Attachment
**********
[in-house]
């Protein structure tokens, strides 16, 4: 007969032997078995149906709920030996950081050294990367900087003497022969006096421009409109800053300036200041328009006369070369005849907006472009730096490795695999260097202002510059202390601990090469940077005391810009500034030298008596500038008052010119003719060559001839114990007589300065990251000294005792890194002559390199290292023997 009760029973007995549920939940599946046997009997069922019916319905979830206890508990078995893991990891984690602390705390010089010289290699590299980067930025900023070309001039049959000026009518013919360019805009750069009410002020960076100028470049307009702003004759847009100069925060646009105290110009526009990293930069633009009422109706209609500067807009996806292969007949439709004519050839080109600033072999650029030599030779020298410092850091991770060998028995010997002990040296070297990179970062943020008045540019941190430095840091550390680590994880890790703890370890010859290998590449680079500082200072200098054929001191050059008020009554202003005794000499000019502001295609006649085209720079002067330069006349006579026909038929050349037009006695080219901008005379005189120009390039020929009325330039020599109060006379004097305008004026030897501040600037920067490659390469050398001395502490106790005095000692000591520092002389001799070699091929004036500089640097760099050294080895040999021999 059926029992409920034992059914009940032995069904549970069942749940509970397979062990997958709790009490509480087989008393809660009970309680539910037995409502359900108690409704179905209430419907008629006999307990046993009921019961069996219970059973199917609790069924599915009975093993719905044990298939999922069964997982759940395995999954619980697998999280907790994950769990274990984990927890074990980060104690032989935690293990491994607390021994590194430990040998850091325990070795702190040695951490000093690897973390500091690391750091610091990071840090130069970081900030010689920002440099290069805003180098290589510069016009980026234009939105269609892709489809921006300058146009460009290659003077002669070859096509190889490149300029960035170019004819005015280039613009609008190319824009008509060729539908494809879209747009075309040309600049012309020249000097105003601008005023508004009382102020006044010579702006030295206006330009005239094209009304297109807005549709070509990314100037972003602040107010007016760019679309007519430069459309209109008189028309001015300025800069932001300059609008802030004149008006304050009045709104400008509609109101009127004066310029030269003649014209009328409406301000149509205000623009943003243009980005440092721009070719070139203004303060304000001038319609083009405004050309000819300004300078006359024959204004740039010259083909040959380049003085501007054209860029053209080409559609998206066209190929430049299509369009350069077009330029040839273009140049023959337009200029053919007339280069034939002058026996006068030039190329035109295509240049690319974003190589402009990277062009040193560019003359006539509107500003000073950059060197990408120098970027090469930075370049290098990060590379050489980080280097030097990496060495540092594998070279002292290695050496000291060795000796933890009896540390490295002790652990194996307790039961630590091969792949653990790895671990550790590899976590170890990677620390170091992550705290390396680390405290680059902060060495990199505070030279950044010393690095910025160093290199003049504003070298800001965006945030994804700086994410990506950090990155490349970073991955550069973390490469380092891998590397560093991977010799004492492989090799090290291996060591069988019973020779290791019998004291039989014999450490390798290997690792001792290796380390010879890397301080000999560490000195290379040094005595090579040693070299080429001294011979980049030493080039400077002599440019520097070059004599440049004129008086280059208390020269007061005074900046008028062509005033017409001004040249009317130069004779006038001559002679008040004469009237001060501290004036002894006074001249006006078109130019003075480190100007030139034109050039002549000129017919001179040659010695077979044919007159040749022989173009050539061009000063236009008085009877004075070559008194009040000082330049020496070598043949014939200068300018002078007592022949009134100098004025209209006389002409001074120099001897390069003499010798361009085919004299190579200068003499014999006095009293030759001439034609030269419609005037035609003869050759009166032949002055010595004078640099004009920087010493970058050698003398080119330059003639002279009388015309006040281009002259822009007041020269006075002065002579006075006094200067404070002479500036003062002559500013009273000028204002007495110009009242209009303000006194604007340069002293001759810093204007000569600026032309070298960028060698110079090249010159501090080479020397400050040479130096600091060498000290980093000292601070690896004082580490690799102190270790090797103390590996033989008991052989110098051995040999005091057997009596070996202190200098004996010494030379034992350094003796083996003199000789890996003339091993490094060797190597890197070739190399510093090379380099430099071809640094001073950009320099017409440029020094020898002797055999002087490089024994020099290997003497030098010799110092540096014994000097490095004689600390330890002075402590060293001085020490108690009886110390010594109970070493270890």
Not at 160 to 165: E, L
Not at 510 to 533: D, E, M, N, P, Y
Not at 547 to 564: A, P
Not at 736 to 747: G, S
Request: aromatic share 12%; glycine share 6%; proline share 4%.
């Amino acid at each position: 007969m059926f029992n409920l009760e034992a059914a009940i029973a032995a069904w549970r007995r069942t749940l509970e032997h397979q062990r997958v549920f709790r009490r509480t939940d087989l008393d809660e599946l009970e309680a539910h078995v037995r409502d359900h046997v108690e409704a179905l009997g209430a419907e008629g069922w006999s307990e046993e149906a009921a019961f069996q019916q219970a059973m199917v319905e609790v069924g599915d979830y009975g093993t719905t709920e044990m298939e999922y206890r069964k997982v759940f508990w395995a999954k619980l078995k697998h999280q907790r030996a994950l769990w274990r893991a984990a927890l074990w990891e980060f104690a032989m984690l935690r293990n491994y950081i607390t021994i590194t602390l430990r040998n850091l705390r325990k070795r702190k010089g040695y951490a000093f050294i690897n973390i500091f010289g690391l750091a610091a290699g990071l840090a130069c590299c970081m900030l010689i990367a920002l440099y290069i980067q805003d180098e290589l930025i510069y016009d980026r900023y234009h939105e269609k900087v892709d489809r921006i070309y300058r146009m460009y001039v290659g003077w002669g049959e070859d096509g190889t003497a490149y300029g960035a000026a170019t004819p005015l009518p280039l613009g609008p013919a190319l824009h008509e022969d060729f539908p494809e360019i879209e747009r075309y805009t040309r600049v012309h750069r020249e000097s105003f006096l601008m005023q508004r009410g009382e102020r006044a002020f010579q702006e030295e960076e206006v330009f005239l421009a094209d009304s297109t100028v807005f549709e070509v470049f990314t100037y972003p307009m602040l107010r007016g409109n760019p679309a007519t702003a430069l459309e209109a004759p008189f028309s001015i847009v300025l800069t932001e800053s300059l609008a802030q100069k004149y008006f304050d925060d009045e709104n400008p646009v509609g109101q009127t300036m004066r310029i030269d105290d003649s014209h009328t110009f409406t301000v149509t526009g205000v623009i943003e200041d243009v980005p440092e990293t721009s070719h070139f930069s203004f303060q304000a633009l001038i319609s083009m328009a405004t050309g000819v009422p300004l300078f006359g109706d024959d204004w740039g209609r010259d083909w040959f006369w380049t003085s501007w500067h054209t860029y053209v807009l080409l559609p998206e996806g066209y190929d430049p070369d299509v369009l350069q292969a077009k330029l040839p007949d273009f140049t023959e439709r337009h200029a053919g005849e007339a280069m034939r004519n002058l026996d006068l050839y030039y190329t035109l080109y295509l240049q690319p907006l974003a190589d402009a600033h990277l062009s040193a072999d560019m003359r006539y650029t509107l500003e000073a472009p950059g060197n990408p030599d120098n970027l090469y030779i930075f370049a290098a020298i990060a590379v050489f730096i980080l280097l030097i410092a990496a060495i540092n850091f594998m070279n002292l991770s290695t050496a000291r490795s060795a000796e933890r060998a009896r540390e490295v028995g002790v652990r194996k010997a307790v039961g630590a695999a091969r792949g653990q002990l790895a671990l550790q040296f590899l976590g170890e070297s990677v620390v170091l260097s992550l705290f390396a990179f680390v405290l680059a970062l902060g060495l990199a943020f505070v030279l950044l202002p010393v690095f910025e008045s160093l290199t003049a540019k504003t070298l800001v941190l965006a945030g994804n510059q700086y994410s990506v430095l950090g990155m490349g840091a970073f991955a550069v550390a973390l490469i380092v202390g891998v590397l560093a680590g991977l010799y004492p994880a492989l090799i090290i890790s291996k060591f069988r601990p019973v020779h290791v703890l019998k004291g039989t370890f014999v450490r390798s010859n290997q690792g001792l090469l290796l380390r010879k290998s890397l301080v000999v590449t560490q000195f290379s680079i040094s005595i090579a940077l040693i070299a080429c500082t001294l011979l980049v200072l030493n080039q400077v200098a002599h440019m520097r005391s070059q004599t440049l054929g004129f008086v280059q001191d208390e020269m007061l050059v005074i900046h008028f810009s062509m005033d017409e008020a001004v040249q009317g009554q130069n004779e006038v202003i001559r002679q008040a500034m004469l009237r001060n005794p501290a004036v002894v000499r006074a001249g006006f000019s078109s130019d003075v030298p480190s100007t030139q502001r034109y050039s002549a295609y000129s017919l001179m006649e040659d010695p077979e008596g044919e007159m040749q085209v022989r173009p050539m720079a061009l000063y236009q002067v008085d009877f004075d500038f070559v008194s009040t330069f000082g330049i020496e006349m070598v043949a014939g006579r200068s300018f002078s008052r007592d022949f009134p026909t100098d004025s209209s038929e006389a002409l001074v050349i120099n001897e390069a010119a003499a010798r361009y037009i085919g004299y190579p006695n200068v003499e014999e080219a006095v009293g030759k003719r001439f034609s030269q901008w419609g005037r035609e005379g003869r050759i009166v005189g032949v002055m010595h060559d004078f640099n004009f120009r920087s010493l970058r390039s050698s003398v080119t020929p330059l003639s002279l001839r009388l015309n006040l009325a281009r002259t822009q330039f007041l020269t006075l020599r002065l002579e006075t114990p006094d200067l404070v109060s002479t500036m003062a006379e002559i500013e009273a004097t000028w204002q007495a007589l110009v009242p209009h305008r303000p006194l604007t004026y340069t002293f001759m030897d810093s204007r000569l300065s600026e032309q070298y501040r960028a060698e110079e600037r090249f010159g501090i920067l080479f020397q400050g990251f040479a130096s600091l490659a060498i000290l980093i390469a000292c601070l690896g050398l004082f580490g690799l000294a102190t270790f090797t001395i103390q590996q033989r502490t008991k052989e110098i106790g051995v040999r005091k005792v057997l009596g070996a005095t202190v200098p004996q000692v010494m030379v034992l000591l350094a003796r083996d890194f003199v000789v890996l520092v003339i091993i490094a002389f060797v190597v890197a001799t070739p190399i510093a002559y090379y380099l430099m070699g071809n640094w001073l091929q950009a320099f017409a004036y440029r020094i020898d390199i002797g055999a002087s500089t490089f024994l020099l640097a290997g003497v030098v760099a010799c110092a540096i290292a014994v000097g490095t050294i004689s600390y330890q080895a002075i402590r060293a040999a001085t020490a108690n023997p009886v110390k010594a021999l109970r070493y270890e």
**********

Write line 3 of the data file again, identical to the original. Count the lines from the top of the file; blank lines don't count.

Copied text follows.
Not at 160 to 165: E, L